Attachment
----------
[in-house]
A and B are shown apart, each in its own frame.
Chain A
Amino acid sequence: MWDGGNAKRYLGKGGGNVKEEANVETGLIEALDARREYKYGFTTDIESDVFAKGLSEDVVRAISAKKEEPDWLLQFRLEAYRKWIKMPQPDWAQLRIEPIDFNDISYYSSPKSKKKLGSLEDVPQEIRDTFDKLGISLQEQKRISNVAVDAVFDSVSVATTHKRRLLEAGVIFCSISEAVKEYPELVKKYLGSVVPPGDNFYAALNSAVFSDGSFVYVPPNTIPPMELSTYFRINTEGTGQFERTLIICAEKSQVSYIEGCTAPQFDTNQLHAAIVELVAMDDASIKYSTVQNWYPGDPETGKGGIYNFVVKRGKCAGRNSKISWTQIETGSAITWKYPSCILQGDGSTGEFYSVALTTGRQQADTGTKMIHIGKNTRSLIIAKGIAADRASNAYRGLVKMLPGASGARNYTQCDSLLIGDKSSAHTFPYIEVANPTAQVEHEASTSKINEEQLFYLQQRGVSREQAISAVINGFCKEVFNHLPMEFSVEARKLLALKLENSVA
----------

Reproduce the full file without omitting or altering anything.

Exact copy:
[in-house]
A and B are shown apart, each in its own frame.
Chain A
Amino acid sequence: MWDGGNAKRYLGKGGGNVKEEANVETGLIEALDARREYKYGFTTDIESDVFAKGLSEDVVRAISAKKEEPDWLLQFRLEAYRKWIKMPQPDWAQLRIEPIDFNDISYYSSPKSKKKLGSLEDVPQEIRDTFDKLGISLQEQKRISNVAVDAVFDSVSVATTHKRRLLEAGVIFCSISEAVKEYPELVKKYLGSVVPPGDNFYAALNSAVFSDGSFVYVPPNTIPPMELSTYFRINTEGTGQFERTLIICAEKSQVSYIEGCTAPQFDTNQLHAAIVELVAMDDASIKYSTVQNWYPGDPETGKGGIYNFVVKRGKCAGRNSKISWTQIETGSAITWKYPSCILQGDGSTGEFYSVALTTGRQQADTGTKMIHIGKNTRSLIIAKGIAADRASNAYRGLVKMLPGASGARNYTQCDSLLIGDKSSAHTFPYIEVANPTAQVEHEASTSKINEEQLFYLQQRGVSREQAISAVINGFCKEVFNHLPMEFSVEARKLLALKLENSVA